Thornton’s book is scattered with memorable and sometimes witty thoughts from Maurizio Cattelan, the art duo Elmgreen and Dragset and many more. None of these, however, comes up with a one-liner quite as droll as Andy Warhol’s response to the question posed to me by Iris Murdoch (“What is art?”): “Isn’t that a guy’s name?” 

Martin Gayford is the author of books about Van Gogh, Hockney and Lucian Freud

This article first appeared in the 08 October 2014 issue of the New Statesman, Grayson Perry guest edit

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How the radio stations reacted to Bob Dylan's Nobel Prize

For its part, Radio 1 was too absorbed by the Duke of Edinburgh’s Awards to mention the proclamation on Newsbeat.

Bob Dylan’s Nobel Prize in Literature inspired a bewildering gamut of radio responses. At first, proof of his talent was abundantly forthcoming, Andy Kershaw yelling down the line for World at One from a motorway services on the M6 within ­moments of the announcement. (“I can’t understand why they didn’t give this to him 41 years ago!”)

However, a full six days after Talk Radio excitedly reported the event on its home page (“a pivotal part of the cultural revolution of the 1960s”), the online feature has yet to attract a single comment. That’s zero talk. For its part, Radio 1 was too absorbed by the Duke of Edinburgh’s Awards to mention the proclamation on Newsbeat, though Heart FM firmly quoted the chair of the English faculty at Oxford (“The Tennyson of our time”), and pencil-suckingly dissected lyrics (“Ain’t talkin’, just walkin’/ Up the road . . .”).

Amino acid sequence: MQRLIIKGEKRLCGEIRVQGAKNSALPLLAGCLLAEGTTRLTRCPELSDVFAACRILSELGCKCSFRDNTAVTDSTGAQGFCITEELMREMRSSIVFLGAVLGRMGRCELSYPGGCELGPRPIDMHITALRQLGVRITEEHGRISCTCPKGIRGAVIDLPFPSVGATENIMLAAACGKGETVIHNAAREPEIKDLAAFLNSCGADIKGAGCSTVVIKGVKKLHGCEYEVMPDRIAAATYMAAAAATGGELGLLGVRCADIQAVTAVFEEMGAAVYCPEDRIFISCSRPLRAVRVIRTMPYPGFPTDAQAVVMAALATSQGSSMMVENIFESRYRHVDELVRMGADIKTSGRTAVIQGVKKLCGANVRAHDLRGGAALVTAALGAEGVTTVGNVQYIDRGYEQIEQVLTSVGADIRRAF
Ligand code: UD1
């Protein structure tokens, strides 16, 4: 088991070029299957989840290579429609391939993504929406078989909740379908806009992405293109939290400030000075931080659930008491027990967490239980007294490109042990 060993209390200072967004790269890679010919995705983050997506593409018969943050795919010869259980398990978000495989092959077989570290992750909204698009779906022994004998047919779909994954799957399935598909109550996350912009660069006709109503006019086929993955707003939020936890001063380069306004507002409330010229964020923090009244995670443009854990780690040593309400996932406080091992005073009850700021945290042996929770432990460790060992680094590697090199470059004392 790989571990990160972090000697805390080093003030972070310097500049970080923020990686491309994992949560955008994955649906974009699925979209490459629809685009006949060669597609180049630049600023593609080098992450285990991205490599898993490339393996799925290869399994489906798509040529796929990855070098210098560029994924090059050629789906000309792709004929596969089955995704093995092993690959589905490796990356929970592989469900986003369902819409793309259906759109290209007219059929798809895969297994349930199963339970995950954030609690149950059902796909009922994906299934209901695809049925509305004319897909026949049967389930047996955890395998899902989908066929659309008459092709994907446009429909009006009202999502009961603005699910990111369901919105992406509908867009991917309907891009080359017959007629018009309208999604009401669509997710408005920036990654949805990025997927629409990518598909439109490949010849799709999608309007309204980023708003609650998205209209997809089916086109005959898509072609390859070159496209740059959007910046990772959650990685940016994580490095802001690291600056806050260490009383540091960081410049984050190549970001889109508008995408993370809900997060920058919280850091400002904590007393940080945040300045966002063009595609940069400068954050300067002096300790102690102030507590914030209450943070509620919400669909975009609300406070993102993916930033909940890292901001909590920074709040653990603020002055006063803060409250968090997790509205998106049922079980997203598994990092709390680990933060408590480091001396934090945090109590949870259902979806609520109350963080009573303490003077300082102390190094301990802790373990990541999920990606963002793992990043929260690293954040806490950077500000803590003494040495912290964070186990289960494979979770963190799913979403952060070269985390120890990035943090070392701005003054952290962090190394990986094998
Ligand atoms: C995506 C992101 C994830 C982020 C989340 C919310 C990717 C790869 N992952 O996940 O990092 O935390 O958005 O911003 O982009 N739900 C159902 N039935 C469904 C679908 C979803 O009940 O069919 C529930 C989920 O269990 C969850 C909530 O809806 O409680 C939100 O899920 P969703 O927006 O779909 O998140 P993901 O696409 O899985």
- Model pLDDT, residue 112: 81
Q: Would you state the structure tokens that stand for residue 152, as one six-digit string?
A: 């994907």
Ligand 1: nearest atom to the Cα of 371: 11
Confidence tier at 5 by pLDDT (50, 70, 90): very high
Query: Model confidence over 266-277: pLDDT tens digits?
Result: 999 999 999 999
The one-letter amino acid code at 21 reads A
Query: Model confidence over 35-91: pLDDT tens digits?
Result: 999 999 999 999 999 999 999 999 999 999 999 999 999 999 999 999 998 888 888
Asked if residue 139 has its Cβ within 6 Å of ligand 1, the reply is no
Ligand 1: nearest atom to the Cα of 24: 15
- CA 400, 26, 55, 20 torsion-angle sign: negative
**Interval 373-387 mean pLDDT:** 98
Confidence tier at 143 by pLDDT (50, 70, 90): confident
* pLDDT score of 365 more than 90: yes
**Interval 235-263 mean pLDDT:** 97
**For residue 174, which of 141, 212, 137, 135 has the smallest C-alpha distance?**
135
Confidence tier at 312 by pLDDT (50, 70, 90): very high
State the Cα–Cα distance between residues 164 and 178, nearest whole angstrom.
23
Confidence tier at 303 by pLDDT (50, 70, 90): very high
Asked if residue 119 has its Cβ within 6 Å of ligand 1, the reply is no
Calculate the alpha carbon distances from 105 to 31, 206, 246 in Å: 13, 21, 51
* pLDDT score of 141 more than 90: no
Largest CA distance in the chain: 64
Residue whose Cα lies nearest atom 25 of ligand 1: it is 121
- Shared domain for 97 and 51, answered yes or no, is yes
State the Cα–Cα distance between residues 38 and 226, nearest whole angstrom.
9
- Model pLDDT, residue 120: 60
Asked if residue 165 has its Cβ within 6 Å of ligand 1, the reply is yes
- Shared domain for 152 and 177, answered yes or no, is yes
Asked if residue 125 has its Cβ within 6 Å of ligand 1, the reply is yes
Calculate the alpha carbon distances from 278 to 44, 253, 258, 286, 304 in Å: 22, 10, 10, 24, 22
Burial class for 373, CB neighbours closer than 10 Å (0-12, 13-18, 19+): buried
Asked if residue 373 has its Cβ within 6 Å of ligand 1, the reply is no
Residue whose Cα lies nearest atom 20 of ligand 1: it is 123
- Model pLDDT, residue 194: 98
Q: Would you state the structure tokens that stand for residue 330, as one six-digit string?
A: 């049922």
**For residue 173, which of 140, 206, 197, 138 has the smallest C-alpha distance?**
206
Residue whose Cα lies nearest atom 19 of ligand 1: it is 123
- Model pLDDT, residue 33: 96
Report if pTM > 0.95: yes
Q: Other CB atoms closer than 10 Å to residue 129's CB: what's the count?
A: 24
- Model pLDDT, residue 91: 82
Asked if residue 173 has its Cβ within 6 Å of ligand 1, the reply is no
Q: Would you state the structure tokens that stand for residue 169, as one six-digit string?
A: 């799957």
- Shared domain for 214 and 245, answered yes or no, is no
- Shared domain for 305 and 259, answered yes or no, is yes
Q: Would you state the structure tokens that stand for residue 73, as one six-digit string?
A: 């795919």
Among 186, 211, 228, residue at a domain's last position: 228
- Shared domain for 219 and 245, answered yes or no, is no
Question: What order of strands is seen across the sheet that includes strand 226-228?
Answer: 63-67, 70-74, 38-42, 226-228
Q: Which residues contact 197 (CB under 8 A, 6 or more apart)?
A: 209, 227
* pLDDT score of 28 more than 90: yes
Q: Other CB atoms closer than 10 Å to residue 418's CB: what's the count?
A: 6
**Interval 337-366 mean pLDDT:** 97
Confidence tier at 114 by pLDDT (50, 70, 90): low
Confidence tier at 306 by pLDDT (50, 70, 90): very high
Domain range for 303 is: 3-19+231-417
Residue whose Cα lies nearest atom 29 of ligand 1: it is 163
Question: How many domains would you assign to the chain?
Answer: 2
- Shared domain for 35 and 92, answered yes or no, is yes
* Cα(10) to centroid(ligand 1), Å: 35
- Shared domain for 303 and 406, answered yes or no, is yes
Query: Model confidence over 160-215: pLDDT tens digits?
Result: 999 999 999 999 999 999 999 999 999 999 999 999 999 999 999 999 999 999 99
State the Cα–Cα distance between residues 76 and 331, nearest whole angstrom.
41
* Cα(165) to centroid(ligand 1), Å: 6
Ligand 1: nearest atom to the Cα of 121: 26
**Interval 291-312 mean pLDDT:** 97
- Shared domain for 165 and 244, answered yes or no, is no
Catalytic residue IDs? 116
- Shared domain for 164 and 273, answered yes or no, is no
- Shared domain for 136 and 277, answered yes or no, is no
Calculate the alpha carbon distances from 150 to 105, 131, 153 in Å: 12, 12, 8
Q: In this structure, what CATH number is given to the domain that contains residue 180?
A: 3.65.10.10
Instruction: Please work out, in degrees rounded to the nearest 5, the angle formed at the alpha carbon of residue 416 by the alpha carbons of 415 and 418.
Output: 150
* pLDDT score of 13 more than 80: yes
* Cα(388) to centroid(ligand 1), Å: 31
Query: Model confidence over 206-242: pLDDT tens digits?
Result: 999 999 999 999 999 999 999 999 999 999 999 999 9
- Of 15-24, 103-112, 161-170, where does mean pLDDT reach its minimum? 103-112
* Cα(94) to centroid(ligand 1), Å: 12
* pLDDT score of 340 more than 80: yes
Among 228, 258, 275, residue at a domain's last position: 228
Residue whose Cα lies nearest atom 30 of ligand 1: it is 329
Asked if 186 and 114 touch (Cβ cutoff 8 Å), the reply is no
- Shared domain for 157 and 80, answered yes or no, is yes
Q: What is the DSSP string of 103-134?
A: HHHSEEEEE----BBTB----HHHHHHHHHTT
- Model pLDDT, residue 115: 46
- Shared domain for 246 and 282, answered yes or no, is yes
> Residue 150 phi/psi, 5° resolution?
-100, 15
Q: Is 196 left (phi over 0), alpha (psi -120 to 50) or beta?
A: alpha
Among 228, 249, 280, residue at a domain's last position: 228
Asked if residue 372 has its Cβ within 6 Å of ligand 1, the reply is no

Is it poetry? Is it literature? You could tell it was doing everybody’s head in. But when, on Radio 4’s Front Row, Billy Bragg praised Dylan for “bringing a literary and poetic thread into pop music”, the argument sounded terribly old.

The whole battle about Dylan being as great a poet as Tennyson is a hangover from an ancient battle, from a time when it actually had to be pointed out that this pop-music stuff can be brilliant and clever. A time when boring people battled for respect and prestige for an obvious genius. Over on Radio 2, Mark Goodier cheerfully played “Tangled Up in Blue” (“Major, major prize for Bob today. If that isn’t a decent excuse to play a song, I don’t know what is”). But by Sunday, on Radio 4’s Broadcasting House, the gloves were off and guests were declaring that they couldn’t stand Dylan’s voice (cliché, pathetic).

By Monday Simon Armitage was saying that Dylan’s lyrics had no more sophistication than something composed by a child. Is it poetry? Is it literature? Well, it kind of is. But it kind of isn’t. And it doesn’t matter very much, except to the likes of Dylan – and only a long, long time ago. Now he hardly requires the approbation. The Nobel Committee has given the prize to the one writer in the world who doesn’t need it. 

Antonia Quirke is an author and journalist. She is a presenter on The Film Programme and Pick of the Week (Radio 4) and Film 2015 and The One Show (BBC 1). She writes a column on radio for the New Statesman.

This article first appeared in the 20 October 2016 issue of the New Statesman, Brothers in blood